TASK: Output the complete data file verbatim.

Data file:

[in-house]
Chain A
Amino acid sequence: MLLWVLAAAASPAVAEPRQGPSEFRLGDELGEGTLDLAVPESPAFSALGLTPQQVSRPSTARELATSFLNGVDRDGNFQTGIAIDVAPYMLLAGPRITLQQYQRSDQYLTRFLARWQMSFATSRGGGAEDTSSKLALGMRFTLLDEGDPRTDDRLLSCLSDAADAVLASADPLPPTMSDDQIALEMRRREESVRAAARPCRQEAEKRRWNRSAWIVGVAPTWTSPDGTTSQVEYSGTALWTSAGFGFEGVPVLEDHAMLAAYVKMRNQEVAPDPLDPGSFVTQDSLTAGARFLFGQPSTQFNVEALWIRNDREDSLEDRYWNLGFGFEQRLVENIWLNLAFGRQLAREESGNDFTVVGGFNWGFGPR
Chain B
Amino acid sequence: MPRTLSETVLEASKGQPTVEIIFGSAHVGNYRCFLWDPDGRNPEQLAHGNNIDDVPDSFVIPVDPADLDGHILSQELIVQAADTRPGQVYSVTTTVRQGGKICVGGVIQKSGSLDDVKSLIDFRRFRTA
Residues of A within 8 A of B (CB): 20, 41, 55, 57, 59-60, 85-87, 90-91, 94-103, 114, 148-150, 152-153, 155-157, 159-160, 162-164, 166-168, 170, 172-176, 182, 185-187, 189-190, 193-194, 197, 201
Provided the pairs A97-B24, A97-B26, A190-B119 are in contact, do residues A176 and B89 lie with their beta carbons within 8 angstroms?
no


[in-house]
Chain A
Amino acid sequence: MLLWVLAAAASPAVAEPRQGPSEFRLGDELGEGTLDLAVPESPAFSALGLTPQQVSRPSTARELATSFLNGVDRDGNFQTGIAIDVAPYMLLAGPRITLQQYQRSDQYLTRFLARWQMSFATSRGGGAEDTSSKLALGMRFTLLDEGDPRTDDRLLSCLSDAADAVLASADPLPPTMSDDQIALEMRRREESVRAAARPCRQEAEKRRWNRSAWIVGVAPTWTSPDGTTSQVEYSGTALWTSAGFGFEGVPVLEDHAMLAAYVKMRNQEVAPDPLDPGSFVTQDSLTAGARFLFGQPSTQFNVEALWIRNDREDSLEDRYWNLGFGFEQRLVENIWLNLAFGRQLAREESGNDFTVVGGFNWGFGPR
Chain B
Amino acid sequence: MPRTLSETVLEASKGQPTVEIIFGSAHVGNYRCFLWDPDGRNPEQLAHGNNIDDVPDSFVIPVDPADLDGHILSQELIVQAADTRPGQVYSVTTTVRQGGKICVGGVIQKSGSLDDVKSLIDFRRFRTA
Residues of A within 8 A of B (CB): 20, 41, 55, 57, 59-60, 85-87, 90-91, 94-103, 114, 148-150, 152-153, 155-157, 159-160, 162-164, 166-168, 170, 172-176, 182, 185-187, 189-190, 193-194, 197, 201
Provided the pairs A97-B24, A97-B26, A190-B119 are in contact, do residues A176 and B89 lie with their beta carbons within 8 angstroms?
no